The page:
Descartes on Mathematical Truth and Mathematical Existence

This is not so much a post as a note to myself for something I would like to think about in the future.

In the first Meditation, Descartes writes:
"arithmetic, geometry, and other such disciplines, which treat of nothing but the simplest and most general things... are indifferent as to whether these things do or do not in fact exist, contain something certain and indubitable."
I should look more into this apparent 'truth-independent-of-reference' position, that mathematical truth is independent of the existence of mathematical entities, especially as an alternative to the Quine-Putnam indispensibility argument for the reality of mathematical objects.

Relevant secondary literature:
- Gregory Brown (in "Vera Entia: The Nature of Mathematical Objects in Descartes" Journal of the History of Philosophy, 1980:23-37) contains a nice discussion of the kind of existence mathematical objects have for Descartes, esp. section III:
"mathematical objects in particular, have a "being" that is independent of their actual existence in (physical) space or time, and that is characterized by what Descartes calls 'possible existence'"(p.36).

- Brown quotes Anthony Kenny ("The Cartesian Circle and Eternal Truths," Journal of Philosophy, 1970):
"the objects of mathematics are not independent of physical substances; but they do not support the view that the objects of mathematics depend for their essences on physical existents... . Descartes held that a geometrical figure was a mode of physical or corporeal substance; it could not exist, unless there existed a physical substance for it to exist in. But whether it existed or not, it had a kind of being that was sufficient to distinguish it from nothing, and it had its eternal and immutable essence."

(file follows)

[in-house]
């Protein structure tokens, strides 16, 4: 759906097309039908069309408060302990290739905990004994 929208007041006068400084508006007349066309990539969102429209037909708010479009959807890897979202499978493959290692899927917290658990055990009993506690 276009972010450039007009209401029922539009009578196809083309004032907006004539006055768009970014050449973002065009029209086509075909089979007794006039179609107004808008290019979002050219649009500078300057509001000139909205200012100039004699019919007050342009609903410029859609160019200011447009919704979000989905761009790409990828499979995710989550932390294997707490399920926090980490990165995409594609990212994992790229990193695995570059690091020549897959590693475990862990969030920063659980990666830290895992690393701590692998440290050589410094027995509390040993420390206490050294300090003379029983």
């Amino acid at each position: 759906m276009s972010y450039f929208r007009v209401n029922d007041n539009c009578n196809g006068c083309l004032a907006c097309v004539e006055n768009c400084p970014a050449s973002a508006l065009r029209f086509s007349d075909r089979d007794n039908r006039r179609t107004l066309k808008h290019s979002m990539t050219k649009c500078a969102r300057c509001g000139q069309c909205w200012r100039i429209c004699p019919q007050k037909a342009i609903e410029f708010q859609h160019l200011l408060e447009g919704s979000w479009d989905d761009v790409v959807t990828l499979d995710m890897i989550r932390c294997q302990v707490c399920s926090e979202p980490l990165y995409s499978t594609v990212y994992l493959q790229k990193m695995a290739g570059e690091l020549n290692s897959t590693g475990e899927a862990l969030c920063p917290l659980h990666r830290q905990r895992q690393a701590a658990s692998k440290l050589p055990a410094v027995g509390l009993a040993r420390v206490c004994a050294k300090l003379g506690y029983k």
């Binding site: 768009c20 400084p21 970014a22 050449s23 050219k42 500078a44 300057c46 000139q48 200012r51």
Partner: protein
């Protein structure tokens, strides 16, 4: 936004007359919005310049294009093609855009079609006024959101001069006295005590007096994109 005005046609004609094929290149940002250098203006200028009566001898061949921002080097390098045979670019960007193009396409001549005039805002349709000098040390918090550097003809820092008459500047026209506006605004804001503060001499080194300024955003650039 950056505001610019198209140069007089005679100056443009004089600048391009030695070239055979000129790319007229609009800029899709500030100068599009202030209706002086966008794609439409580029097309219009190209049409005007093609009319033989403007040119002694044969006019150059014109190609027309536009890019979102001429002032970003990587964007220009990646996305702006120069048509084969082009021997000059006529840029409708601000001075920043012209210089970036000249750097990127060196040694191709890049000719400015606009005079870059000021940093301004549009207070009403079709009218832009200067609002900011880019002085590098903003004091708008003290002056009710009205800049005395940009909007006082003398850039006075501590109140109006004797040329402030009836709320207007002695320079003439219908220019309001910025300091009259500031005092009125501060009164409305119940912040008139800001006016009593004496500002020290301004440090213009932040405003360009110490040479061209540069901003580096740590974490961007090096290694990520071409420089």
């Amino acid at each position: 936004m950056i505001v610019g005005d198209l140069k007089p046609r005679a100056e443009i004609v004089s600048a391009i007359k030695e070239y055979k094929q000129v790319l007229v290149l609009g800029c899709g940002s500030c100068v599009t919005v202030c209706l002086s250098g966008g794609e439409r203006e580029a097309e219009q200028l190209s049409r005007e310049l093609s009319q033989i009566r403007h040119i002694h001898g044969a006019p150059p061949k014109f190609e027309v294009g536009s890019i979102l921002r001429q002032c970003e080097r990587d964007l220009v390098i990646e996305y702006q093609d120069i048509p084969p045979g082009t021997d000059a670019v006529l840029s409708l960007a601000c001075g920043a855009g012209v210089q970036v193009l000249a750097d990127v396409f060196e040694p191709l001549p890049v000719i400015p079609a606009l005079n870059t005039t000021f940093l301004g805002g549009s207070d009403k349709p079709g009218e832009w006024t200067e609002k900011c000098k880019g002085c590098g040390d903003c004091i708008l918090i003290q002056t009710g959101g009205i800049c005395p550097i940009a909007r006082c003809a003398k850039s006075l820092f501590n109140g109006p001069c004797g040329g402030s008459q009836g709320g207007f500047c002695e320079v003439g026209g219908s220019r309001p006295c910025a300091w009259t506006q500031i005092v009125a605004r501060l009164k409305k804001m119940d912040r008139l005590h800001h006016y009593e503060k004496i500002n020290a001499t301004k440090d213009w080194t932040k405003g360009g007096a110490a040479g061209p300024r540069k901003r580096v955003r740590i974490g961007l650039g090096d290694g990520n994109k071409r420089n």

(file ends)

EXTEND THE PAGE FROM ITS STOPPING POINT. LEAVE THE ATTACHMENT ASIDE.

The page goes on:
1 comment:

Stephen Anastasi said...

I don't like the QP argument. It contains a dangerous epistemic short-circuit. Our best theories rely on the truth of the foundations of mathematics, so any epistemological disconnect in the mathematics implies an ontological disconnect. An example is the idea of limits, introduced to circumvent problems with infinitesimals (e.g. Zeno's paradox, see Huggett in the SEP) for which Hilbert expressed grave concerns because he felt that introducing the epsilon delta definition just moved the problem one step to the left. Present ideas support this caution in that theories of the universe are a deal less problematic if spacetime is discrete. So, where QP say:
(P1) We ought to have ontological commitment to all and only the entities that are indispensable to our best scientific theories.
(P2) Mathematical entities are indispensable to our best scientific theories.
(C) We ought to have ontological commitment to mathematical entities.
I say:
(P1) We ought to have commitment to all and only those entities with a well-founded epistemic basis.
(P2) Neither mathematical entities nor our best scientific theories are currently well-founded.
(C) We ought not commit to mathematical entities or our scientific theories.